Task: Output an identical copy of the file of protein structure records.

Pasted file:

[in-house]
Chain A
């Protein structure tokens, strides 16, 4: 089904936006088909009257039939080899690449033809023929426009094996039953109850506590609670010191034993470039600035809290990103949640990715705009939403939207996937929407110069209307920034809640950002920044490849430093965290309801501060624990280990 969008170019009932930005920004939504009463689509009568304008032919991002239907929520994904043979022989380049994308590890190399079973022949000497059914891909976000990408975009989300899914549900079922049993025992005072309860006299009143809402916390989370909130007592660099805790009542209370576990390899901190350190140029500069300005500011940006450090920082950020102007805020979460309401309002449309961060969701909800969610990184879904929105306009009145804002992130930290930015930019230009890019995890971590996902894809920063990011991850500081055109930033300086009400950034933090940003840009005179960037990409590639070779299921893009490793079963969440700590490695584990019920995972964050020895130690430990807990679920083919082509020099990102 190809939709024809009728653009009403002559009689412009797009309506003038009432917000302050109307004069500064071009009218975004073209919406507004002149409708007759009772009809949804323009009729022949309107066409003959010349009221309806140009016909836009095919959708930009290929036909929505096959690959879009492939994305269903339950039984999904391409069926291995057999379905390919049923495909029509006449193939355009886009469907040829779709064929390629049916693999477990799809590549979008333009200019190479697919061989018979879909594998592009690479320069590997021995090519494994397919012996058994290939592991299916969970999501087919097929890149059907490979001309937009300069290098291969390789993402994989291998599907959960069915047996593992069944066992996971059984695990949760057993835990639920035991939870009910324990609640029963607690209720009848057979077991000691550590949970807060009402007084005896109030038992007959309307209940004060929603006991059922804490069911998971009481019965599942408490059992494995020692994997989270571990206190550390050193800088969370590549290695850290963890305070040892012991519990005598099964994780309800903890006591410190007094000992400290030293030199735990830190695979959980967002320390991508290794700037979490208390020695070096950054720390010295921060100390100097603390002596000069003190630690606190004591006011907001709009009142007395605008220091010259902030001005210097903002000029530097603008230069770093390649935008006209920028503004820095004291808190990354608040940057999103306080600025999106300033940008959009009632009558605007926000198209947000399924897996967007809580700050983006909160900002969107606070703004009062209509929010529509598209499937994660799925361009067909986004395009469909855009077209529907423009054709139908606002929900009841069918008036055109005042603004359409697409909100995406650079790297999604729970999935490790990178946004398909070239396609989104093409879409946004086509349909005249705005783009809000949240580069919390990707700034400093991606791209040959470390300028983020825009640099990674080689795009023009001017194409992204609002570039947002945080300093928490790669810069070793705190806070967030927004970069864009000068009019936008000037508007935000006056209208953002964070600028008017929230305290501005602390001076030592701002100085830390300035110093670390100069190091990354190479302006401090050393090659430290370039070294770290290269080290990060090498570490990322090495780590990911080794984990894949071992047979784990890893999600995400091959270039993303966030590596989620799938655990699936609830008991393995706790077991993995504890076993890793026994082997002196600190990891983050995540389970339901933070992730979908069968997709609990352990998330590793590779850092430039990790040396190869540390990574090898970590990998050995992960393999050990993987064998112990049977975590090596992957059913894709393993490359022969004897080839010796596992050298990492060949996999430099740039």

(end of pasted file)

[in-house]
Chain A
């Protein structure tokens, strides 16, 4: 089904936006088909009257039939080899690449033809023929426009094996039953109850506590609670010191034993470039600035809290990103949640990715705009939403939207996937929407110069209307920034809640950002920044490849430093965290309801501060624990280990 969008170019009932930005920004939504009463689509009568304008032919991002239907929520994904043979022989380049994308590890190399079973022949000497059914891909976000990408975009989300899914549900079922049993025992005072309860006299009143809402916390989370909130007592660099805790009542209370576990390899901190350190140029500069300005500011940006450090920082950020102007805020979460309401309002449309961060969701909800969610990184879904929105306009009145804002992130930290930015930019230009890019995890971590996902894809920063990011991850500081055109930033300086009400950034933090940003840009005179960037990409590639070779299921893009490793079963969440700590490695584990019920995972964050020895130690430990807990679920083919082509020099990102 190809939709024809009728653009009403002559009689412009797009309506003038009432917000302050109307004069500064071009009218975004073209919406507004002149409708007759009772009809949804323009009729022949309107066409003959010349009221309806140009016909836009095919959708930009290929036909929505096959690959879009492939994305269903339950039984999904391409069926291995057999379905390919049923495909029509006449193939355009886009469907040829779709064929390629049916693999477990799809590549979008333009200019190479697919061989018979879909594998592009690479320069590997021995090519494994397919012996058994290939592991299916969970999501087919097929890149059907490979001309937009300069290098291969390789993402994989291998599907959960069915047996593992069944066992996971059984695990949760057993835990639920035991939870009910324990609640029963607690209720009848057979077991000691550590949970807060009402007084005896109030038992007959309307209940004060929603006991059922804490069911998971009481019965599942408490059992494995020692994997989270571990206190550390050193800088969370590549290695850290963890305070040892012991519990005598099964994780309800903890006591410190007094000992400290030293030199735990830190695979959980967002320390991508290794700037979490208390020695070096950054720390010295921060100390100097603390002596000069003190630690606190004591006011907001709009009142007395605008220091010259902030001005210097903002000029530097603008230069770093390649935008006209920028503004820095004291808190990354608040940057999103306080600025999106300033940008959009009632009558605007926000198209947000399924897996967007809580700050983006909160900002969107606070703004009062209509929010529509598209499937994660799925361009067909986004395009469909855009077209529907423009054709139908606002929900009841069918008036055109005042603004359409697409909100995406650079790297999604729970999935490790990178946004398909070239396609989104093409879409946004086509349909005249705005783009809000949240580069919390990707700034400093991606791209040959470390300028983020825009640099990674080689795009023009001017194409992204609002570039947002945080300093928490790669810069070793705190806070967030927004970069864009000068009019936008000037508007935000006056209208953002964070600028008017929230305290501005602390001076030592701002100085830390300035110093670390100069190091990354190479302006401090050393090659430290370039070294770290290269080290990060090498570490990322090495780590990911080794984990894949071992047979784990890893999600995400091959270039993303966030590596989620799938655990699936609830008991393995706790077991993995504890076993890793026994082997002196600190990891983050995540389970339901933070992730979908069968997709609990352990998330590793590779850092430039990790040396190869540390990574090898970590990998050995992960393999050990993987064998112990049977975590090596992957059913894709393993490359022969004897080839010796596992050298990492060949996999430099740039």